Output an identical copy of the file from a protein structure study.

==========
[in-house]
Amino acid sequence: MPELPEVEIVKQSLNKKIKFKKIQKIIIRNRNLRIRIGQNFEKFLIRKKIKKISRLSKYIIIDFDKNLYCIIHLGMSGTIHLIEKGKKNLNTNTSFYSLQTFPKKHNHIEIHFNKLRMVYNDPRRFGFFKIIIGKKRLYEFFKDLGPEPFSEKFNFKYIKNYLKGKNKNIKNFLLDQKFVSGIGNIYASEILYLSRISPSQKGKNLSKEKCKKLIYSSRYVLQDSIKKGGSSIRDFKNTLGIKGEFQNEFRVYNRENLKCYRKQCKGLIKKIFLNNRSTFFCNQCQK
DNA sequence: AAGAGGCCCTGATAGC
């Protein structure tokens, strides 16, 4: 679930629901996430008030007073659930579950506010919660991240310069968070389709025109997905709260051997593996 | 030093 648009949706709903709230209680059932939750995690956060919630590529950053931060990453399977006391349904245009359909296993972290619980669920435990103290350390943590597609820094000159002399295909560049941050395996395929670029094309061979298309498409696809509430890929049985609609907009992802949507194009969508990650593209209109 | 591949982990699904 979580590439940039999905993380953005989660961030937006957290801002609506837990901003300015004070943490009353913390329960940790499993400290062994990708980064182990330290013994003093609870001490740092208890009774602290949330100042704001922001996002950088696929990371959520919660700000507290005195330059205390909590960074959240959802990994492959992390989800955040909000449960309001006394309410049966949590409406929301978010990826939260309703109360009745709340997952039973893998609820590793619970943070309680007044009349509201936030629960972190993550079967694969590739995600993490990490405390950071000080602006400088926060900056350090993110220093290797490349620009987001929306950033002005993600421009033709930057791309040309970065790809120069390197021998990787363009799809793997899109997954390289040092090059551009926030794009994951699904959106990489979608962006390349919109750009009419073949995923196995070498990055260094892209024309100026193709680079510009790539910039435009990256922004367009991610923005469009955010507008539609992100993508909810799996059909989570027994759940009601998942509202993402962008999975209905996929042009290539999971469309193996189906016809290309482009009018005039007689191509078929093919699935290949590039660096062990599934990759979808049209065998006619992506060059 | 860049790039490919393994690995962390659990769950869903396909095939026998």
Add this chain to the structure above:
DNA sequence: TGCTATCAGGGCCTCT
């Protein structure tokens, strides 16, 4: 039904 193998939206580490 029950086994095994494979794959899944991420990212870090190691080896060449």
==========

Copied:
[in-house]
Amino acid sequence: MPELPEVEIVKQSLNKKIKFKKIQKIIIRNRNLRIRIGQNFEKFLIRKKIKKISRLSKYIIIDFDKNLYCIIHLGMSGTIHLIEKGKKNLNTNTSFYSLQTFPKKHNHIEIHFNKLRMVYNDPRRFGFFKIIIGKKRLYEFFKDLGPEPFSEKFNFKYIKNYLKGKNKNIKNFLLDQKFVSGIGNIYASEILYLSRISPSQKGKNLSKEKCKKLIYSSRYVLQDSIKKGGSSIRDFKNTLGIKGEFQNEFRVYNRENLKCYRKQCKGLIKKIFLNNRSTFFCNQCQK
DNA sequence: AAGAGGCCCTGATAGC
């Protein structure tokens, strides 16, 4: 679930629901996430008030007073659930579950506010919660991240310069968070389709025109997905709260051997593996 | 030093 648009949706709903709230209680059932939750995690956060919630590529950053931060990453399977006391349904245009359909296993972290619980669920435990103290350390943590597609820094000159002399295909560049941050395996395929670029094309061979298309498409696809509430890929049985609609907009992802949507194009969508990650593209209109 | 591949982990699904 979580590439940039999905993380953005989660961030937006957290801002609506837990901003300015004070943490009353913390329960940790499993400290062994990708980064182990330290013994003093609870001490740092208890009774602290949330100042704001922001996002950088696929990371959520919660700000507290005195330059205390909590960074959240959802990994492959992390989800955040909000449960309001006394309410049966949590409406929301978010990826939260309703109360009745709340997952039973893998609820590793619970943070309680007044009349509201936030629960972190993550079967694969590739995600993490990490405390950071000080602006400088926060900056350090993110220093290797490349620009987001929306950033002005993600421009033709930057791309040309970065790809120069390197021998990787363009799809793997899109997954390289040092090059551009926030794009994951699904959106990489979608962006390349919109750009009419073949995923196995070498990055260094892209024309100026193709680079510009790539910039435009990256922004367009991610923005469009955010507008539609992100993508909810799996059909989570027994759940009601998942509202993402962008999975209905996929042009290539999971469309193996189906016809290309482009009018005039007689191509078929093919699935290949590039660096062990599934990759979808049209065998006619992506060059 | 860049790039490919393994690995962390659990769950869903396909095939026998």
Add this chain to the structure above:
DNA sequence: TGCTATCAGGGCCTCT
């Protein structure tokens, strides 16, 4: 039904 193998939206580490 029950086994095994494979794959899944991420990212870090190691080896060449």